The rift in Pakistan’s coalition government widened yesterday after the appointment of a disputed figure to a key post in the administration drew protests from former prime minister Nawaz Sharif.
Sharif pulled his party’s ministers from the Cabinet earlier this week after the government failed to meet a pledge to restore judges ousted under Pakistani President Pervez Musharraf.
Asif Ali Zardari, who leads the largest party in the coalition, hopes to persuade Sharif to return soon and stabilize an administration facing huge economic problems as well as pressure from the West to curb Islamic militancy.
But a spokesman for Sharif said yesterday that the appointment of the new governor of Punjab Province had only embittered relations within the coalition.
“We should have been taken into confidence” before the decision on the governorship, spokesman Sadiqul Farooq said. “If further steps are taken unilaterally like this, then of course the coalition gets weaker.”
The government took office six weeks ago on a platform of strong opposition to former army strongman Musharraf, whose political allies were routed in February elections.
But its failure to agree on how to restore Supreme Court judges purged by Musharraf in November to halt legal challenges to his continuing in office has cast the country into political uncertainty.
Sharif appears to view the judges as a tool to assail Musharraf, who ousted his government in a 1999 coup.
Zardari, whose assassinated wife, the late prime minister Benazir Bhutto, fought bitterly for power with Sharif in the 1990s, has been more cautious.
He insists that laws must be changed to allow the judges to return and has shied away from openly confronting Musharraf, a stalwart US ally who retains the power to dissolve parliament.
The new governor of Punjab is Salman Taseer, a longtime member of Zardari’s Pakistan People’s party who is also a business and media tycoon.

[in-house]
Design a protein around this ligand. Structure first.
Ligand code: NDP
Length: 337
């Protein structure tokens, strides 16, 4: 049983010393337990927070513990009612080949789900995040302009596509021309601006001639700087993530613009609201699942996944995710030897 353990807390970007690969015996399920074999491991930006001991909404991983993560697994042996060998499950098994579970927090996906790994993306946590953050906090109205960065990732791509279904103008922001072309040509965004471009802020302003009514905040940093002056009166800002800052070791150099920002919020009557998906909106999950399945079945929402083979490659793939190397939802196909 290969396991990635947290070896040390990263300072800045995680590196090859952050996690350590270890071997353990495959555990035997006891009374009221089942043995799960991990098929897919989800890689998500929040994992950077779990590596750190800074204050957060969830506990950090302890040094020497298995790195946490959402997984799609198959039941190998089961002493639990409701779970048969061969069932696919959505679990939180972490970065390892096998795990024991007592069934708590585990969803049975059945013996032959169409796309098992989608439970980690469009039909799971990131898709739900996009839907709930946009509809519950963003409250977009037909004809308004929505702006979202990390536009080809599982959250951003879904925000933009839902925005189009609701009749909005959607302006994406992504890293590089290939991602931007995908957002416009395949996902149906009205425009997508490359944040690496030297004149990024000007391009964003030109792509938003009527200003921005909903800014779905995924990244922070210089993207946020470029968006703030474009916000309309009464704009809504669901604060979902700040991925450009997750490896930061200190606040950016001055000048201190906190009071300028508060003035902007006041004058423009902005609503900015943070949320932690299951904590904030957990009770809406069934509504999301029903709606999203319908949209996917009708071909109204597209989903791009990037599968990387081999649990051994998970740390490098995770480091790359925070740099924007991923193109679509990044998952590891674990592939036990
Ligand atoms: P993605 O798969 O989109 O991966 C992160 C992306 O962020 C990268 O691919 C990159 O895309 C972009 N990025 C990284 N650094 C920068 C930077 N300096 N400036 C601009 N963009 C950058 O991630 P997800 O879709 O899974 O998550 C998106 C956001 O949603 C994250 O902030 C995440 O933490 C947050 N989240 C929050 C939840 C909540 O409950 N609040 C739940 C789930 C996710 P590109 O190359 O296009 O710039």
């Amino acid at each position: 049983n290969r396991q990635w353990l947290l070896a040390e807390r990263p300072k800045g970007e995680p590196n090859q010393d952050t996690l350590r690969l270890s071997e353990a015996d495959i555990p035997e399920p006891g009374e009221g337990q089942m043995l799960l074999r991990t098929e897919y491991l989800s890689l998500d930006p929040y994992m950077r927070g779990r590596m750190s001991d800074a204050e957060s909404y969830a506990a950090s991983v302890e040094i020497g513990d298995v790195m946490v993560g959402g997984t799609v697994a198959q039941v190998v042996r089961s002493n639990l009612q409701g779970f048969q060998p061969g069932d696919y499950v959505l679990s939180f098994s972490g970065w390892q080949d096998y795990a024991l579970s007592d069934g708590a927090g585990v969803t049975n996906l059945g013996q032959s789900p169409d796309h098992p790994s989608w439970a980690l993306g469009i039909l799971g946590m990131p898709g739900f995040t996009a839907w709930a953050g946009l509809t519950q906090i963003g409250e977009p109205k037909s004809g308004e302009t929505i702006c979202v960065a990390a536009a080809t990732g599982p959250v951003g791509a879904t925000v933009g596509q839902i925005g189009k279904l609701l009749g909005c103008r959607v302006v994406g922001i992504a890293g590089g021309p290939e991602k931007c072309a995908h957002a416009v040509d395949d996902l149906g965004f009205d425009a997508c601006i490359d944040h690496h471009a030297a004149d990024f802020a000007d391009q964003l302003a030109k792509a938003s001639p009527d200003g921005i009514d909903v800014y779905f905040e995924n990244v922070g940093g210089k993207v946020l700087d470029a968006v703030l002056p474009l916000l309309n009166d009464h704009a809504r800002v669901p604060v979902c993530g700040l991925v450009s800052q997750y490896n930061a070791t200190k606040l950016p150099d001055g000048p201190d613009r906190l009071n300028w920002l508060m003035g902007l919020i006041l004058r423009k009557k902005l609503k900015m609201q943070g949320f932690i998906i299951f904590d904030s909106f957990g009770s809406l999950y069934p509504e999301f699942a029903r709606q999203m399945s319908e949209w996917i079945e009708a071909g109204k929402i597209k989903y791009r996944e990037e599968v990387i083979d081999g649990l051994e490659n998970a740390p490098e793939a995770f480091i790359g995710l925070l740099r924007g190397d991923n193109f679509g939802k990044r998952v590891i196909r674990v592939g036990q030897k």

Taseer was allegedly arrested and beaten by police during Sharif’s first government in the early 1990s after publishing details of alleged corruption in the administration.
Farooq accused Taseer of using his newspapers in the past for “character assassination” against Sharif and said his party was worried that Taseer could try to obstruct the provincial government.
Sharif’s party won most of the seats in Punjab, the country’s biggest and richest province, and Sharif’s brother is expected to take over as its chief minister next month.
Governors perform mainly ceremonial duties but also have the power to dissolve the provincial assembly in an emergency. Zardari’s party was unapologetic.
Spokesman Farhatullah Babar said governors were appointed by the president in consultation with the prime minister, who hails from Zardari’s party.
Babar said his party had “informed” Sharif’s party about the move on Wednesday.
Western officials warn that fresh political turmoil could weaken Pakistan’s efforts against al-Qaeda and Taliban militants operating from Pakistani territory along the Afghan border.
The new government is trying to negotiate peace agreements along the frontier that Washington worries will simply allow militants to focus on mounting attacks in Afghanistan.
Militants have vowed to continue the talks, despite an apparent US missile strike on a border village on Wednesday. The identity of the around one dozen people killed remains unclear.